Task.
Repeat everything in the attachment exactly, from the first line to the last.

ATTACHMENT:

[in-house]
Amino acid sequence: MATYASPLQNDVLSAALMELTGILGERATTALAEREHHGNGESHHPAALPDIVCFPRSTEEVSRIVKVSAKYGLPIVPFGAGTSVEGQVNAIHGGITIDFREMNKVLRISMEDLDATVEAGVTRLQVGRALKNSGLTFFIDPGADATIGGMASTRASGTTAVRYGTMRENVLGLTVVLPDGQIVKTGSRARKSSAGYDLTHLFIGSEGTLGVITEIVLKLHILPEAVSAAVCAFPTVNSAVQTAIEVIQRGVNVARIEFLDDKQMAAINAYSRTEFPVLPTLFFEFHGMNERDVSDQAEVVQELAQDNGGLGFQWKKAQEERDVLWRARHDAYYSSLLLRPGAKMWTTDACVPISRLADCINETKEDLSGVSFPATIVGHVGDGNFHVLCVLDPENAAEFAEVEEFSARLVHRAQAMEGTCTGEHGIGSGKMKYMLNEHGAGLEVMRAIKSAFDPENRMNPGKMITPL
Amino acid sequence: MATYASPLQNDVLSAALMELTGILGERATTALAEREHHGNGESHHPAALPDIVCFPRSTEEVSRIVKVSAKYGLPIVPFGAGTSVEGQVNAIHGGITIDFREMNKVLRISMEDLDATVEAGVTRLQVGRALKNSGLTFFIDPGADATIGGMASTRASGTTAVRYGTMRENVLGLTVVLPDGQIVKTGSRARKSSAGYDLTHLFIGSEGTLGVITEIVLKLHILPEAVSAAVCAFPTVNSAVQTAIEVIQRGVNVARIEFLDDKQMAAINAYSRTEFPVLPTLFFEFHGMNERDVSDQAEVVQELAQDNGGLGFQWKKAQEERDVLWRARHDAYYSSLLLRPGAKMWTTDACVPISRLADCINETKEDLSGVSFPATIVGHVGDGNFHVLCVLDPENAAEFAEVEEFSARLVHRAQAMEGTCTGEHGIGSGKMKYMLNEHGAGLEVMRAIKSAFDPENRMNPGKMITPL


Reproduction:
[in-house]
Amino acid sequence: MATYASPLQNDVLSAALMELTGILGERATTALAEREHHGNGESHHPAALPDIVCFPRSTEEVSRIVKVSAKYGLPIVPFGAGTSVEGQVNAIHGGITIDFREMNKVLRISMEDLDATVEAGVTRLQVGRALKNSGLTFFIDPGADATIGGMASTRASGTTAVRYGTMRENVLGLTVVLPDGQIVKTGSRARKSSAGYDLTHLFIGSEGTLGVITEIVLKLHILPEAVSAAVCAFPTVNSAVQTAIEVIQRGVNVARIEFLDDKQMAAINAYSRTEFPVLPTLFFEFHGMNERDVSDQAEVVQELAQDNGGLGFQWKKAQEERDVLWRARHDAYYSSLLLRPGAKMWTTDACVPISRLADCINETKEDLSGVSFPATIVGHVGDGNFHVLCVLDPENAAEFAEVEEFSARLVHRAQAMEGTCTGEHGIGSGKMKYMLNEHGAGLEVMRAIKSAFDPENRMNPGKMITPL
Amino acid sequence: MATYASPLQNDVLSAALMELTGILGERATTALAEREHHGNGESHHPAALPDIVCFPRSTEEVSRIVKVSAKYGLPIVPFGAGTSVEGQVNAIHGGITIDFREMNKVLRISMEDLDATVEAGVTRLQVGRALKNSGLTFFIDPGADATIGGMASTRASGTTAVRYGTMRENVLGLTVVLPDGQIVKTGSRARKSSAGYDLTHLFIGSEGTLGVITEIVLKLHILPEAVSAAVCAFPTVNSAVQTAIEVIQRGVNVARIEFLDDKQMAAINAYSRTEFPVLPTLFFEFHGMNERDVSDQAEVVQELAQDNGGLGFQWKKAQEERDVLWRARHDAYYSSLLLRPGAKMWTTDACVPISRLADCINETKEDLSGVSFPATIVGHVGDGNFHVLCVLDPENAAEFAEVEEFSARLVHRAQAMEGTCTGEHGIGSGKMKYMLNEHGAGLEVMRAIKSAFDPENRMNPGKMITPL